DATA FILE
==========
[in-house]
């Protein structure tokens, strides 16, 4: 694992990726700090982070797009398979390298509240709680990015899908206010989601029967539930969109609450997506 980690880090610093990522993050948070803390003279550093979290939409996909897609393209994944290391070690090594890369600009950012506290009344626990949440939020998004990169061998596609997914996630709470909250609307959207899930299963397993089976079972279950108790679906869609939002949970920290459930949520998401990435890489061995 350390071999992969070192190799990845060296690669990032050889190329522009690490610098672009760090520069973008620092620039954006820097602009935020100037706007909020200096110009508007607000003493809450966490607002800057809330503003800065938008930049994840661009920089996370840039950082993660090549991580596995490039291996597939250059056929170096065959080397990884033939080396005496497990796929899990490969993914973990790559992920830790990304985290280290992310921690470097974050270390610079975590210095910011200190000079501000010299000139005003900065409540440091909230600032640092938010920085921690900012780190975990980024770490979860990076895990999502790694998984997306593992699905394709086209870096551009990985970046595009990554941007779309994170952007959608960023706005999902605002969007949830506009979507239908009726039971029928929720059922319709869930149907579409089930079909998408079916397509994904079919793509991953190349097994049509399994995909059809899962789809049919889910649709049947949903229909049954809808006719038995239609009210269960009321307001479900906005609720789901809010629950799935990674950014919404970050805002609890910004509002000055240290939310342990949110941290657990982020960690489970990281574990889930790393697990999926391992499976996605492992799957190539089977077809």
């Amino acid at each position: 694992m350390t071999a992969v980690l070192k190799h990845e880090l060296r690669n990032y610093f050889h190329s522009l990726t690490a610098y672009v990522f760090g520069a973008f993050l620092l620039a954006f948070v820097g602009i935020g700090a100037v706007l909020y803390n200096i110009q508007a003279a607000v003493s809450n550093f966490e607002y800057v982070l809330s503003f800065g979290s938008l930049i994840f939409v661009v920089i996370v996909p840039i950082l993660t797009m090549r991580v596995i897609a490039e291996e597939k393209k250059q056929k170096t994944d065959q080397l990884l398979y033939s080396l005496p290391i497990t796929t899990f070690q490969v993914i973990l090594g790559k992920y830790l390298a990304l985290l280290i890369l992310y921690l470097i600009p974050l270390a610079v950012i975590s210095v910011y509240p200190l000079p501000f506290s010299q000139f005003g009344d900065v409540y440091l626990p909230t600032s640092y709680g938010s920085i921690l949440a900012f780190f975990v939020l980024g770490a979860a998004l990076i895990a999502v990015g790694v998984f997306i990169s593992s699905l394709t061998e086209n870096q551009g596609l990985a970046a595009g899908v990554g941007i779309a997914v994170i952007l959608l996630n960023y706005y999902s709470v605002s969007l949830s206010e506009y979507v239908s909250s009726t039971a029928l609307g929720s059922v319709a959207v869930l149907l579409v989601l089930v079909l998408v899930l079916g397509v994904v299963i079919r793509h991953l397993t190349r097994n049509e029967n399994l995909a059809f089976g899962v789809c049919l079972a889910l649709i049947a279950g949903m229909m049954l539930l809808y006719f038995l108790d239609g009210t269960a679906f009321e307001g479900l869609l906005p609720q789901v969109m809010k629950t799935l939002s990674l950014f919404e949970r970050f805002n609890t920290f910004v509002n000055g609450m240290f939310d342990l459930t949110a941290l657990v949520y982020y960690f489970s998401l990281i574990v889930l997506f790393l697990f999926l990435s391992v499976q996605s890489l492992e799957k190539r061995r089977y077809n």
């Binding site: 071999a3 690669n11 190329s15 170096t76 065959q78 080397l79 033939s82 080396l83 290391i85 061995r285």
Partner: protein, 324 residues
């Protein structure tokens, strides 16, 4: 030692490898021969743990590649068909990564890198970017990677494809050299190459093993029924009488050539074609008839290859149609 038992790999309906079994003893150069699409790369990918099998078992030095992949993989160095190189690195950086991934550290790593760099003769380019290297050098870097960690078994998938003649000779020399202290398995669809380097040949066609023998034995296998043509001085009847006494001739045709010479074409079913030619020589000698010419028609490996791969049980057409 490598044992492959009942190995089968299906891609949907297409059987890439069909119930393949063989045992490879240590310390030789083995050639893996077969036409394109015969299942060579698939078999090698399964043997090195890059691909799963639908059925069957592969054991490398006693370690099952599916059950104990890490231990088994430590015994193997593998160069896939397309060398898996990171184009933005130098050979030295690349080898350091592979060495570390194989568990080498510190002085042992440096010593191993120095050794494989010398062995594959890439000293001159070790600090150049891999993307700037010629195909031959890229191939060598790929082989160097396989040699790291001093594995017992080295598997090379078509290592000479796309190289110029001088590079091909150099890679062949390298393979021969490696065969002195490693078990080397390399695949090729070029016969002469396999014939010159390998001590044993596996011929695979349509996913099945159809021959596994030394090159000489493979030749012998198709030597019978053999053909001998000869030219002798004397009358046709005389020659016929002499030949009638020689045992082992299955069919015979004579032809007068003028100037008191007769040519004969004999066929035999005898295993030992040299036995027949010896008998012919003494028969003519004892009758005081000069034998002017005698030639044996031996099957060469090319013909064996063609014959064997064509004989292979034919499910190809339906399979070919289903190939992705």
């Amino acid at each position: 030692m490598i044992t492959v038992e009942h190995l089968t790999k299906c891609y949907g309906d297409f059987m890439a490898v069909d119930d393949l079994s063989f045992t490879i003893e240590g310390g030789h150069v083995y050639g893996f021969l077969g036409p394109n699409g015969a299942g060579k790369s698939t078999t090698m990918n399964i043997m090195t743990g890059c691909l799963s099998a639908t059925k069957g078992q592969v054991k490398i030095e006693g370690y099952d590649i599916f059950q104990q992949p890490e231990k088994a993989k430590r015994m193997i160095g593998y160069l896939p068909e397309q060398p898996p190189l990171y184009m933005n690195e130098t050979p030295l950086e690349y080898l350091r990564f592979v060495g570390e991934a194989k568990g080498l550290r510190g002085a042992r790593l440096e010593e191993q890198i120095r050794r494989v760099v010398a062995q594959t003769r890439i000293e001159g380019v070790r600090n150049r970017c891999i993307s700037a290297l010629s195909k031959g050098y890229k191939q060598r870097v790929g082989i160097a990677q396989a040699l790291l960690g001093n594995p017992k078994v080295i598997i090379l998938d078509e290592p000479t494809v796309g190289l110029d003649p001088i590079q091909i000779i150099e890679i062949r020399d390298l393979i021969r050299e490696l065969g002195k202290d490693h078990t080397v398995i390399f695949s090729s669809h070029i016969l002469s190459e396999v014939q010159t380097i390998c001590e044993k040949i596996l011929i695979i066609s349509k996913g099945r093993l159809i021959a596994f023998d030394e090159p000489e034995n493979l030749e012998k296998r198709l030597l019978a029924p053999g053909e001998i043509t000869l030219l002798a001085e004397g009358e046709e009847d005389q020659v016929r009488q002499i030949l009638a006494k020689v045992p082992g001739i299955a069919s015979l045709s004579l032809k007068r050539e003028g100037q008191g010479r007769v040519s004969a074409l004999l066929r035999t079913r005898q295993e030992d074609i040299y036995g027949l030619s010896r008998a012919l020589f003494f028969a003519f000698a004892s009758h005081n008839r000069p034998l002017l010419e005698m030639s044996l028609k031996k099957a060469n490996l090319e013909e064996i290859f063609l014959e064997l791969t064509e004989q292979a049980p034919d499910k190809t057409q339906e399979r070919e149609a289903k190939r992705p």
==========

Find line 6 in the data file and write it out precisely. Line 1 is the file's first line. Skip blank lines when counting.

């Protein structure tokens, strides 16, 4: 030692490898021969743990590649068909990564890198970017990677494809050299190459093993029924009488050539074609008839290859149609 038992790999309906079994003893150069699409790369990918099998078992030095992949993989160095190189690195950086991934550290790593760099003769380019290297050098870097960690078994998938003649000779020399202290398995669809380097040949066609023998034995296998043509001085009847006494001739045709010479074409079913030619020589000698010419028609490996791969049980057409 490598044992492959009942190995089968299906891609949907297409059987890439069909119930393949063989045992490879240590310390030789083995050639893996077969036409394109015969299942060579698939078999090698399964043997090195890059691909799963639908059925069957592969054991490398006693370690099952599916059950104990890490231990088994430590015994193997593998160069896939397309060398898996990171184009933005130098050979030295690349080898350091592979060495570390194989568990080498510190002085042992440096010593191993120095050794494989010398062995594959890439000293001159070790600090150049891999993307700037010629195909031959890229191939060598790929082989160097396989040699790291001093594995017992080295598997090379078509290592000479796309190289110029001088590079091909150099890679062949390298393979021969490696065969002195490693078990080397390399695949090729070029016969002469396999014939010159390998001590044993596996011929695979349509996913099945159809021959596994030394090159000489493979030749012998198709030597019978053999053909001998000869030219002798004397009358046709005389020659016929002499030949009638020689045992082992299955069919015979004579032809007068003028100037008191007769040519004969004999066929035999005898295993030992040299036995027949010896008998012919003494028969003519004892009758005081000069034998002017005698030639044996031996099957060469090319013909064996063609014959064997064509004989292979034919499910190809339906399979070919289903190939992705």